The Minimum Cost of Ending Austerity in the U.K: $25 Billion
(Bloomberg) -- Britain needs an extra 19 billion pounds ($25 billion) a year if Prime Minister Theresa May is to fulfill her pledge to end austerity, a leading think tank claimed.
That’s the amount required by 2023 to increase spending on health, defense and aid, as the government has promised, without inflicting real-terms cuts on other departments, the Institute for Fiscal Studies said in a report highlighting the challenges facing Chancellor Philip Hammond as he prepares for his budget on Oct. 29.
Even such as minimal definition of ending austerity would still leave billions of pounds of welfare cuts working their way through the system, the IFS said in its Green Budget Tuesday. And Hammond would need to impose “significant” tax rises, or see stronger-than-expected economic growth, to keep alive his hopes of eliminating the budget deficit by the middle of the next decade.
The deficit has fallen from almost 10 percent of output in the aftermath of the financial crisis to less than 2 percent in the last fiscal year, but the squeeze has left public services under strain, hit pay packets and lifted tax to its largest share of the economy since the 1980s.
Hammond’s problem is there is no public appetite for further spending cuts but many Conservatives, who have traditionally considered themselves the party of low tax and small government, are opposed to raising the burden of taxation any further.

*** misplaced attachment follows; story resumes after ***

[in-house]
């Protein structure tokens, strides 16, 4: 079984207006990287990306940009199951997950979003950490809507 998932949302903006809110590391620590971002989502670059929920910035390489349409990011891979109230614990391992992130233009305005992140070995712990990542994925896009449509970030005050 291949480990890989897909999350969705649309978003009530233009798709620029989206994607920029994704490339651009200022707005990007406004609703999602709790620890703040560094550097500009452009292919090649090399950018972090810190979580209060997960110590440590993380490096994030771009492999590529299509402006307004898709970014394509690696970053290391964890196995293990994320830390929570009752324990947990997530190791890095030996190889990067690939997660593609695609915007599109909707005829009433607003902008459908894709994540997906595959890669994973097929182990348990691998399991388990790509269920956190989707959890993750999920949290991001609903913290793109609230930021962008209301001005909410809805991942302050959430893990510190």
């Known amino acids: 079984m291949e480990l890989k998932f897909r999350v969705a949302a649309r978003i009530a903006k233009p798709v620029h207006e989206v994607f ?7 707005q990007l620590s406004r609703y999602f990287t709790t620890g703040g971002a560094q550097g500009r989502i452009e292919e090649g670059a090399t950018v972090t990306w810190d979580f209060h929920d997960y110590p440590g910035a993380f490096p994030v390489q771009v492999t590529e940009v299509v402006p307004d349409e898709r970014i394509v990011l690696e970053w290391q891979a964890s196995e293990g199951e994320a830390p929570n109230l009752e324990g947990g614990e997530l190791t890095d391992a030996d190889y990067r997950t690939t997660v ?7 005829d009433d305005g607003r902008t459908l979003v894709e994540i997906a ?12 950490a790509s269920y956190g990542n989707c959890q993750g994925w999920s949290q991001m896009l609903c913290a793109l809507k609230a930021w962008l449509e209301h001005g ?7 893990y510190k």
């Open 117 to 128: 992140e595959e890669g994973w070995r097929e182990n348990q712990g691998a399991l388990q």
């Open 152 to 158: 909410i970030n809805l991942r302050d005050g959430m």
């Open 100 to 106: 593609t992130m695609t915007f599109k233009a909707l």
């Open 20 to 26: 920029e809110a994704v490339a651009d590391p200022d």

The decision over spending into the next decade “will probably be the biggest non-Brexit related decision this chancellor will make,” said Paul Johnson, director of the IFS. “This is going to be the toughest of circles to square.”
The IFS dismissed the idea of a “dividend” from Britain leaving the European Union, saying net savings on budget contributions to the bloc could be less than 1 billion pounds by 2023 and more than offset by new spending on administration such as border security. One way to raise revenue would be to increase taxes on better-off members of the older generation, it said.
Citigroup, which contributed to the Green Budget, highlighted the risks to the economy from growing protectionism.
“U.S.-led trade wars, the backlash against immigration, and financial regulation of cross-border capital flows are also a challenge to further global economic integration,” said Chief U.K. Economist Christian Schulz. “Even without Brexit, the U.K. would be facing sustained uncertainty about its place in the global value chain for many years.”
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